Any serious examination of the causes of gun violence, however, points to the catastrophe produced by the capitalist system.

It is impossible to separate the series of homicidal acts by alienated and brutalized individuals from a broader mood of despair and hopelessness produced by disastrous social conditions and the suppression of any progressive opposition to the capitalist system. According to one recent study, the suicide rate for white children and teens soared by 70 percent between 2006 and 2016, while the suicide rate for black children and teens increased by 77 percent.

Nor can violence at home be separated from violence abroad. Those involved in the protests today have lived their entire lives under the “war on terror”: the invasion of Afghanistan nearly 17 years ago, in 2001; the invasion of Iraq in 2003; the bombing of Libya in 2011; the ongoing US-backed civil war in Syria. More wars are on the agenda.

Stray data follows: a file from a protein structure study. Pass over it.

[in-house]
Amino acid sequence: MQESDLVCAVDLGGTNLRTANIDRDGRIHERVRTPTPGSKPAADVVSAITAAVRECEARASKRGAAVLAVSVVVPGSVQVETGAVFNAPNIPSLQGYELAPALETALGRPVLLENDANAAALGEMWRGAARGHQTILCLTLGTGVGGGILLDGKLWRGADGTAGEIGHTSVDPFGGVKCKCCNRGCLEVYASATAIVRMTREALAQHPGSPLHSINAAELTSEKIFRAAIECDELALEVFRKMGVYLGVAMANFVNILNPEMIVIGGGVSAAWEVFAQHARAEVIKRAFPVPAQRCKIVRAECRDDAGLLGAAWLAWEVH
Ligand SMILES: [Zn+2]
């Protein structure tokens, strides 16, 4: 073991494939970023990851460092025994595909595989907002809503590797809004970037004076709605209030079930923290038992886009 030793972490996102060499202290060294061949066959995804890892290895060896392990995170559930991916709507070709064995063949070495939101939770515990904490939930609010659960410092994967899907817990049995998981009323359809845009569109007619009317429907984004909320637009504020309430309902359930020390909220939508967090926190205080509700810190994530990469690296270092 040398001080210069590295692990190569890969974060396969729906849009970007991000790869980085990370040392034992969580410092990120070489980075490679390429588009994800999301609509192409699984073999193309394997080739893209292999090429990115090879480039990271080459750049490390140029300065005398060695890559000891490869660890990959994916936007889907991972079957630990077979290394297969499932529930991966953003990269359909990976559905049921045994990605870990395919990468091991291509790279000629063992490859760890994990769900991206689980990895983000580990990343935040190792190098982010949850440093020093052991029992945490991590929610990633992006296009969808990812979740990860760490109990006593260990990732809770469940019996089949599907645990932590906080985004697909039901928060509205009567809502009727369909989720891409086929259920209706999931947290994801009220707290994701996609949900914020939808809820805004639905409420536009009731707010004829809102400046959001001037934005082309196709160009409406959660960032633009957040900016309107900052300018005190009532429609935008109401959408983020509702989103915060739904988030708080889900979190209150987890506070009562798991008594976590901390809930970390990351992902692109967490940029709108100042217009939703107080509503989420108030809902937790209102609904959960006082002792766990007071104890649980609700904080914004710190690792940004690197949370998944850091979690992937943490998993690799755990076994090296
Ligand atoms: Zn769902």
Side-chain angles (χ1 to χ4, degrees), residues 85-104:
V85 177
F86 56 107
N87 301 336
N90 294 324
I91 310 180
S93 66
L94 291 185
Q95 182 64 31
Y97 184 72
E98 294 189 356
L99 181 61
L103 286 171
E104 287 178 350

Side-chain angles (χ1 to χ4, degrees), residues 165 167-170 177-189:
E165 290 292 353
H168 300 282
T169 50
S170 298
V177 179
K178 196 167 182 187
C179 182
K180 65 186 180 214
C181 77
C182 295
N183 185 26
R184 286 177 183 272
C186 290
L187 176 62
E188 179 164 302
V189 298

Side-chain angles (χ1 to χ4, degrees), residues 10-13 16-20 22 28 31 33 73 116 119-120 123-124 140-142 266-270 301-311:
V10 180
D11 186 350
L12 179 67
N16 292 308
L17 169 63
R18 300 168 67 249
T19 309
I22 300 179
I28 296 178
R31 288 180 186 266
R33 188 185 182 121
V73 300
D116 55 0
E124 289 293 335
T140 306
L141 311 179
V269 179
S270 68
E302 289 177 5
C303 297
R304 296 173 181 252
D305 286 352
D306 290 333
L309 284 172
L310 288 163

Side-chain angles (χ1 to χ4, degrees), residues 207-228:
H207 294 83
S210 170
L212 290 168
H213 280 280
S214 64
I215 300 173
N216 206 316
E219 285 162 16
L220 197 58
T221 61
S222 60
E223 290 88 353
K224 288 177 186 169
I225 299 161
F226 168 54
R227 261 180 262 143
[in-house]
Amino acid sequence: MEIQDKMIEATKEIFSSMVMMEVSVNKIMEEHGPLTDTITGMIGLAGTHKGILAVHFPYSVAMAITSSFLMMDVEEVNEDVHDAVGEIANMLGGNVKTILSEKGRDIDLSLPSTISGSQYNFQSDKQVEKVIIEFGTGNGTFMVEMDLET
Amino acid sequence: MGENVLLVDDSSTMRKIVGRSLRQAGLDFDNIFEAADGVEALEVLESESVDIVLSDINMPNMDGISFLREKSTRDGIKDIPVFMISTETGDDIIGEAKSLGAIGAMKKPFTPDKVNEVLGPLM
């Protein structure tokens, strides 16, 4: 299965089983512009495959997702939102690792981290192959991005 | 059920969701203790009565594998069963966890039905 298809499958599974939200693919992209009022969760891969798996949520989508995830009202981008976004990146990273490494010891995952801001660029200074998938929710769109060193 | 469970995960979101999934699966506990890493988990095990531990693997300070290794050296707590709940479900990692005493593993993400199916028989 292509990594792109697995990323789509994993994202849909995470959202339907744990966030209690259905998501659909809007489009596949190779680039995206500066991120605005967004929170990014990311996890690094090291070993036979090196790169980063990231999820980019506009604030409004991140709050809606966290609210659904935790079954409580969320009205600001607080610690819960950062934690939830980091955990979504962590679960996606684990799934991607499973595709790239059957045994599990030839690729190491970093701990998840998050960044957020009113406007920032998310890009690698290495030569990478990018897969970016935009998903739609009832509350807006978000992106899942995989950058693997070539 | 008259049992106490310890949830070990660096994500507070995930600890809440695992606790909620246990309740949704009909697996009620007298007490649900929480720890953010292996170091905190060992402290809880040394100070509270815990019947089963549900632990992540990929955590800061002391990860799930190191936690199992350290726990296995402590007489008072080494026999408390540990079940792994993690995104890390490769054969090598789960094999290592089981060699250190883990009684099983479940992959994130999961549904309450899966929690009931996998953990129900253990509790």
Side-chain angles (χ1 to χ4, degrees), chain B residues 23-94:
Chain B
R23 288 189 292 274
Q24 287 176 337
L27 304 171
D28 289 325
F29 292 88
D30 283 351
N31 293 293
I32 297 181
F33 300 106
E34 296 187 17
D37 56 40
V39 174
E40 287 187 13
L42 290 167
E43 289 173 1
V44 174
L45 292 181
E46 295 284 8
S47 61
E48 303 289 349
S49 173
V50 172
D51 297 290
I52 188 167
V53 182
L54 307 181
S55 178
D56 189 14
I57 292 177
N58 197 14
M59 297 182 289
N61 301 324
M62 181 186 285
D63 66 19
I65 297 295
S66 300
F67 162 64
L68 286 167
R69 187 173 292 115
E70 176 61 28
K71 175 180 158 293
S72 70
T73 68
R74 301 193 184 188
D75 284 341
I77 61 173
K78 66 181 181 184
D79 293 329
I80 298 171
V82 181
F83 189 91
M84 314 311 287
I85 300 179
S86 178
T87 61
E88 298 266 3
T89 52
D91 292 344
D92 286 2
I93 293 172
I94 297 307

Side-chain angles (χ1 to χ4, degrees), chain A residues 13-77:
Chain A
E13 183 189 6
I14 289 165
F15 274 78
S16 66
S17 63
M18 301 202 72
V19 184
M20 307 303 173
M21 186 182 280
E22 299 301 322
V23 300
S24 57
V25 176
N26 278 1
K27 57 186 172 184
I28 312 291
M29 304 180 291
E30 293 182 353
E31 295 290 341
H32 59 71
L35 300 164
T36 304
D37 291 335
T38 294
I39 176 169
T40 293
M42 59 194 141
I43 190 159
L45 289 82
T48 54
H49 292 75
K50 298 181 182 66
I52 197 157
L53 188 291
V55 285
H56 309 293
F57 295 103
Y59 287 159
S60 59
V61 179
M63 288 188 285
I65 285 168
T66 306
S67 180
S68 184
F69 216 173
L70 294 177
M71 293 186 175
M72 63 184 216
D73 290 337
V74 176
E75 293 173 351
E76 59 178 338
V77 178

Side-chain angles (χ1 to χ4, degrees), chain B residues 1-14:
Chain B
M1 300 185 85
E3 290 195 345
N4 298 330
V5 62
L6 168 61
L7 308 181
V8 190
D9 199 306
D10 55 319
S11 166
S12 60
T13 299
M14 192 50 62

Trillions of dollars are spent on armaments, while resources for public education, health care (including mental health) and other social services are slashed. The Trump administration signed a budget yesterday, backed by Democrats and Republicans, that allocates a record $700 billion to the Pentagon, even as the ruling elites insist that there is no money to ensure that teachers are paid a decent wage and young people who graduate college are not burdened by tens of thousands of dollars in debt.

The fact is that the greatest purveyor of violence is the American state, abroad and within the country.  While 122 people have been killed in school shootings since the Columbine High School massacre in 1999, police have killed some 1,000 people a year over the same period, many of them youth and students.

The bloody violence of American imperialism—and the cheering of this violence by the media—has the most noxious consequences within the United States. It infects the political culture of the entire country, of which the presidency of Donald Trump is only one expression.